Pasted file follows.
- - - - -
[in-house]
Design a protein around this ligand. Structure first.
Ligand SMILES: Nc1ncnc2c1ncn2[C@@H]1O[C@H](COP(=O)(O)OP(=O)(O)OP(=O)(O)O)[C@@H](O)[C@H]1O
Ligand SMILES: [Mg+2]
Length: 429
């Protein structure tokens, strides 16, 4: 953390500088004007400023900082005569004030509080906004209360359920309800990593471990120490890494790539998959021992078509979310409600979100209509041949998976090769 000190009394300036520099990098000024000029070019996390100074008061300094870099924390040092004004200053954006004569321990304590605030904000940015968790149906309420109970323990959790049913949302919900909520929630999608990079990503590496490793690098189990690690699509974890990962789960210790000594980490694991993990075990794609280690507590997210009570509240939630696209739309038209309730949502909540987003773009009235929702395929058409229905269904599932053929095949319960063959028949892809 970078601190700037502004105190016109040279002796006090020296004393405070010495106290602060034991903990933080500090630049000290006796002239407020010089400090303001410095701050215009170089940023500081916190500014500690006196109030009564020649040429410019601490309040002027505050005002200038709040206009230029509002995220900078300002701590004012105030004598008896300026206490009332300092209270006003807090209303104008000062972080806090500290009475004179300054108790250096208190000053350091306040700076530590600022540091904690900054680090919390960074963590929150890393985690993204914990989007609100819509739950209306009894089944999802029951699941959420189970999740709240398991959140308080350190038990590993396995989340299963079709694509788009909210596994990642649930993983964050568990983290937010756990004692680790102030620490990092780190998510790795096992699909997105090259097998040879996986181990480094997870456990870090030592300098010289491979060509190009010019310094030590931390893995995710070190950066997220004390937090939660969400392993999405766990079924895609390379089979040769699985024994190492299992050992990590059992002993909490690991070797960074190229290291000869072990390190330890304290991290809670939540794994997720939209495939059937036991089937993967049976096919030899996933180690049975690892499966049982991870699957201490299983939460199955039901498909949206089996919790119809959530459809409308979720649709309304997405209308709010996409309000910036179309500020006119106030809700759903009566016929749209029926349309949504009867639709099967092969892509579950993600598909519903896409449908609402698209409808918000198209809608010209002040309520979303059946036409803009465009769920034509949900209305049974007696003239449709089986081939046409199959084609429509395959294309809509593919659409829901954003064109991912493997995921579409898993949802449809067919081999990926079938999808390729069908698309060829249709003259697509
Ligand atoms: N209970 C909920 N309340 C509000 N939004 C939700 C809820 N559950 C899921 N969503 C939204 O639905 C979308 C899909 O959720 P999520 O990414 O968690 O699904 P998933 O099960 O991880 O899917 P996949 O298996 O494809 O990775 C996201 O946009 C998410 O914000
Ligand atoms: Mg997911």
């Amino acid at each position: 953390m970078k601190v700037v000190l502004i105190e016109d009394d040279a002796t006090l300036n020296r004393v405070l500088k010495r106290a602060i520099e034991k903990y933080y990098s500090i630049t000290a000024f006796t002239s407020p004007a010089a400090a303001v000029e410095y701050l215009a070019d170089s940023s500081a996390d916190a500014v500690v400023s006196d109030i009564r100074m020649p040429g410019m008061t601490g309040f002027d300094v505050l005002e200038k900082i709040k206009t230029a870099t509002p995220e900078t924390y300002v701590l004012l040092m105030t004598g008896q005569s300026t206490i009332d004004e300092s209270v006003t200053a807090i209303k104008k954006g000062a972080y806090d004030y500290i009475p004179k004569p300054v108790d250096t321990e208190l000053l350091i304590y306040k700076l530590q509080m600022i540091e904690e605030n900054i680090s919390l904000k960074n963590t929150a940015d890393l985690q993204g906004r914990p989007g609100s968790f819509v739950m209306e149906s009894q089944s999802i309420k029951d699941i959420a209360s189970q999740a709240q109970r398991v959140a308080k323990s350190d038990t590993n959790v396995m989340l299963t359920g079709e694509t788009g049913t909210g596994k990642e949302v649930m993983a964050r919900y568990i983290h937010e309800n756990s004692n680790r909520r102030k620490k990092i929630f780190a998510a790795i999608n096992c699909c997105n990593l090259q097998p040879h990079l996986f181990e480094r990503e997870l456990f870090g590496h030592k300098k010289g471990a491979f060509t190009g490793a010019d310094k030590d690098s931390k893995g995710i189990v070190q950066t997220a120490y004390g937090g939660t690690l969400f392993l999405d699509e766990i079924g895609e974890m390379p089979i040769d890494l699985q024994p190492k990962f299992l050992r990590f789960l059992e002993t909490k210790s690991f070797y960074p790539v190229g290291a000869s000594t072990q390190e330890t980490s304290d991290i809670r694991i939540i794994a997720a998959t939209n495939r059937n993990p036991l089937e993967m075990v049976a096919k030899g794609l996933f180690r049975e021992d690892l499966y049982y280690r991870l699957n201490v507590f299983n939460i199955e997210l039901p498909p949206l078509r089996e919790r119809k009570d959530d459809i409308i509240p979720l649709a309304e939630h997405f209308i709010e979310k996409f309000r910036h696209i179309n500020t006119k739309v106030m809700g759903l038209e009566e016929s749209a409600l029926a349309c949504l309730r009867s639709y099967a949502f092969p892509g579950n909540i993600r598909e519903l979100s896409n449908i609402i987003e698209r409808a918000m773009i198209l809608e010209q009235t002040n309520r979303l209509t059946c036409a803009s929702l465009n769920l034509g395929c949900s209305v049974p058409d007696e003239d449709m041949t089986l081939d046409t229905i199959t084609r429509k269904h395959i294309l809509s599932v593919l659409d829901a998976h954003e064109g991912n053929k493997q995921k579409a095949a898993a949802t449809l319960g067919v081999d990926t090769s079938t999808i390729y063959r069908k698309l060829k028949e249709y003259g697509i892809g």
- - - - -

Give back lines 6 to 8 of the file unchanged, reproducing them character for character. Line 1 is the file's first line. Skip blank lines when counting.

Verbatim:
């Protein structure tokens, strides 16, 4: 953390500088004007400023900082005569004030509080906004209360359920309800990593471990120490890494790539998959021992078509979310409600979100209509041949998976090769 000190009394300036520099990098000024000029070019996390100074008061300094870099924390040092004004200053954006004569321990304590605030904000940015968790149906309420109970323990959790049913949302919900909520929630999608990079990503590496490793690098189990690690699509974890990962789960210790000594980490694991993990075990794609280690507590997210009570509240939630696209739309038209309730949502909540987003773009009235929702395929058409229905269904599932053929095949319960063959028949892809 970078601190700037502004105190016109040279002796006090020296004393405070010495106290602060034991903990933080500090630049000290006796002239407020010089400090303001410095701050215009170089940023500081916190500014500690006196109030009564020649040429410019601490309040002027505050005002200038709040206009230029509002995220900078300002701590004012105030004598008896300026206490009332300092209270006003807090209303104008000062972080806090500290009475004179300054108790250096208190000053350091306040700076530590600022540091904690900054680090919390960074963590929150890393985690993204914990989007609100819509739950209306009894089944999802029951699941959420189970999740709240398991959140308080350190038990590993396995989340299963079709694509788009909210596994990642649930993983964050568990983290937010756990004692680790102030620490990092780190998510790795096992699909997105090259097998040879996986181990480094997870456990870090030592300098010289491979060509190009010019310094030590931390893995995710070190950066997220004390937090939660969400392993999405766990079924895609390379089979040769699985024994190492299992050992990590059992002993909490690991070797960074190229290291000869072990390190330890304290991290809670939540794994997720939209495939059937036991089937993967049976096919030899996933180690049975690892499966049982991870699957201490299983939460199955039901498909949206089996919790119809959530459809409308979720649709309304997405209308709010996409309000910036179309500020006119106030809700759903009566016929749209029926349309949504009867639709099967092969892509579950993600598909519903896409449908609402698209409808918000198209809608010209002040309520979303059946036409803009465009769920034509949900209305049974007696003239449709089986081939046409199959084609429509395959294309809509593919659409829901954003064109991912493997995921579409898993949802449809067919081999990926079938999808390729069908698309060829249709003259697509
Ligand atoms: N209970 C909920 N309340 C509000 N939004 C939700 C809820 N559950 C899921 N969503 C939204 O639905 C979308 C899909 O959720 P999520 O990414 O968690 O699904 P998933 O099960 O991880 O899917 P996949 O298996 O494809 O990775 C996201 O946009 C998410 O914000
Ligand atoms: Mg997911």